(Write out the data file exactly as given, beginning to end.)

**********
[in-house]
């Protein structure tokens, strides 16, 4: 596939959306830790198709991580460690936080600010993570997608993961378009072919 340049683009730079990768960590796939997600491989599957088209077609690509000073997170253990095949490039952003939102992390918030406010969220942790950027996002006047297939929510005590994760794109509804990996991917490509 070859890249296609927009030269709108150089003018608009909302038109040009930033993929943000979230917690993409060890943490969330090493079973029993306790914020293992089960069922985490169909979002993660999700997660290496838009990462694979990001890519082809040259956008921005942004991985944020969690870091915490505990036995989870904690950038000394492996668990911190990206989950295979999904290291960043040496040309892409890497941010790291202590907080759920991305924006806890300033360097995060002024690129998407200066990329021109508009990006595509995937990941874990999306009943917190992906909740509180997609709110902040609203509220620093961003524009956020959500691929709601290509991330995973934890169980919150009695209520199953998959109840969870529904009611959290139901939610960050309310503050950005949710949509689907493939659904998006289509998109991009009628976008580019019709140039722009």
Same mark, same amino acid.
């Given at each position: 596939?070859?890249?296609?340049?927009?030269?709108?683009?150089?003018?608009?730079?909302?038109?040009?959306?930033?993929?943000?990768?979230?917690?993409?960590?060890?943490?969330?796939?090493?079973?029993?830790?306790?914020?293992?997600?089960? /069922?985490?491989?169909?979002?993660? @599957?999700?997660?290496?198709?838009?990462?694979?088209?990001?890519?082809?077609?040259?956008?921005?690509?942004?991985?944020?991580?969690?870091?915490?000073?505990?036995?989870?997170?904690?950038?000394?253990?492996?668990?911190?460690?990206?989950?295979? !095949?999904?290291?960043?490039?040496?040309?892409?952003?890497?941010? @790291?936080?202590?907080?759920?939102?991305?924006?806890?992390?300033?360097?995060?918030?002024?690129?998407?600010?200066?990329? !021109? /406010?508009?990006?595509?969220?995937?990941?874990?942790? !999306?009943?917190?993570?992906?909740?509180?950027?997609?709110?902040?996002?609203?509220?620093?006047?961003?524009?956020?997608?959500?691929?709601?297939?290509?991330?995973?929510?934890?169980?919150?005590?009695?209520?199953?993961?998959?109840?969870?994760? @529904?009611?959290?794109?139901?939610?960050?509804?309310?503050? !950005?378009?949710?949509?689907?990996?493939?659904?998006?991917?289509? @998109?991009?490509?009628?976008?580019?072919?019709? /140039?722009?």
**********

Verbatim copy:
[in-house]
């Protein structure tokens, strides 16, 4: 596939959306830790198709991580460690936080600010993570997608993961378009072919 340049683009730079990768960590796939997600491989599957088209077609690509000073997170253990095949490039952003939102992390918030406010969220942790950027996002006047297939929510005590994760794109509804990996991917490509 070859890249296609927009030269709108150089003018608009909302038109040009930033993929943000979230917690993409060890943490969330090493079973029993306790914020293992089960069922985490169909979002993660999700997660290496838009990462694979990001890519082809040259956008921005942004991985944020969690870091915490505990036995989870904690950038000394492996668990911190990206989950295979999904290291960043040496040309892409890497941010790291202590907080759920991305924006806890300033360097995060002024690129998407200066990329021109508009990006595509995937990941874990999306009943917190992906909740509180997609709110902040609203509220620093961003524009956020959500691929709601290509991330995973934890169980919150009695209520199953998959109840969870529904009611959290139901939610960050309310503050950005949710949509689907493939659904998006289509998109991009009628976008580019019709140039722009």
Same mark, same amino acid.
């Given at each position: 596939?070859?890249?296609?340049?927009?030269?709108?683009?150089?003018?608009?730079?909302?038109?040009?959306?930033?993929?943000?990768?979230?917690?993409?960590?060890?943490?969330?796939?090493?079973?029993?830790?306790?914020?293992?997600?089960? /069922?985490?491989?169909?979002?993660? @599957?999700?997660?290496?198709?838009?990462?694979?088209?990001?890519?082809?077609?040259?956008?921005?690509?942004?991985?944020?991580?969690?870091?915490?000073?505990?036995?989870?997170?904690?950038?000394?253990?492996?668990?911190?460690?990206?989950?295979? !095949?999904?290291?960043?490039?040496?040309?892409?952003?890497?941010? @790291?936080?202590?907080?759920?939102?991305?924006?806890?992390?300033?360097?995060?918030?002024?690129?998407?600010?200066?990329? !021109? /406010?508009?990006?595509?969220?995937?990941?874990?942790? !999306?009943?917190?993570?992906?909740?509180?950027?997609?709110?902040?996002?609203?509220?620093?006047?961003?524009?956020?997608?959500?691929?709601?297939?290509?991330?995973?929510?934890?169980?919150?005590?009695?209520?199953?993961?998959?109840?969870?994760? @529904?009611?959290?794109?139901?939610?960050?509804?309310?503050? !950005?378009?949710?949509?689907?990996?493939?659904?998006?991917?289509? @998109?991009?490509?009628?976008?580019?072919?019709? /140039?722009?």